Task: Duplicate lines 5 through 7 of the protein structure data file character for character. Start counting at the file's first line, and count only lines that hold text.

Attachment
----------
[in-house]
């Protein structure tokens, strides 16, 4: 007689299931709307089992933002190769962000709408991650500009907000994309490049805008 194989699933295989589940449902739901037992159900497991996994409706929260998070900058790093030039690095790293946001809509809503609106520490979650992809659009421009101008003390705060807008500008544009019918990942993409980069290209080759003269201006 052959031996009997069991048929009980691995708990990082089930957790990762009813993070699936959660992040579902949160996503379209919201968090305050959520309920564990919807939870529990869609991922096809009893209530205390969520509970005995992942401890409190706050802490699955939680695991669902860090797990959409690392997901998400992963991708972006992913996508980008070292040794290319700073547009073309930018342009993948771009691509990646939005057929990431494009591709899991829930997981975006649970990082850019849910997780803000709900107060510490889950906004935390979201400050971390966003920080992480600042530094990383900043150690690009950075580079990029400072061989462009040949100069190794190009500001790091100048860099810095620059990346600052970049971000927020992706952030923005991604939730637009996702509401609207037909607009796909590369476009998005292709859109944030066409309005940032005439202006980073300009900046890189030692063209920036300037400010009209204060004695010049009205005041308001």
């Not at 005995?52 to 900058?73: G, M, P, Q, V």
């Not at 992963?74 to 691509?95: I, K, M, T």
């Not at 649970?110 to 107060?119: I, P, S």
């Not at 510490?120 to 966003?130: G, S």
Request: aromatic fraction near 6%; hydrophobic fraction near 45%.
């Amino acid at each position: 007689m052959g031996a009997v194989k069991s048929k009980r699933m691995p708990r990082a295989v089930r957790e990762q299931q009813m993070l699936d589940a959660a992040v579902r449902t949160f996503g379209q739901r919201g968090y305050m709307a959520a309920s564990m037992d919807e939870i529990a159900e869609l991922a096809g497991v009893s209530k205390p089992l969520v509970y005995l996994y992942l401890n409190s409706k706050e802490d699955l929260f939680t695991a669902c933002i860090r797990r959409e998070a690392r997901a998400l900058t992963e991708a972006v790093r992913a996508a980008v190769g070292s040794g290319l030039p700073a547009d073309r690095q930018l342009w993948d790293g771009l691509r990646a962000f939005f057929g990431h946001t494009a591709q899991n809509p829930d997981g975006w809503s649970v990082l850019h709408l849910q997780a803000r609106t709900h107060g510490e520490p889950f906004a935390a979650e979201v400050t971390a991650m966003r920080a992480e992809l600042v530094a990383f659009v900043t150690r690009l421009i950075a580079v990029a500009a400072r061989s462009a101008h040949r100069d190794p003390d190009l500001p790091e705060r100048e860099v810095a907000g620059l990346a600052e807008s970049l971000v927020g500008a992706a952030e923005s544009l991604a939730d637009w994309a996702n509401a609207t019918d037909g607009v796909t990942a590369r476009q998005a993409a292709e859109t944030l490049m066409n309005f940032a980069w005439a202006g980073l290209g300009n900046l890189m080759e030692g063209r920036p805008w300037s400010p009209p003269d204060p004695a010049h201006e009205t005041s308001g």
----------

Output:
């Not at 649970?110 to 107060?119: I, P, S």
């Not at 510490?120 to 966003?130: G, S």
Request: aromatic fraction near 6%; hydrophobic fraction near 45%.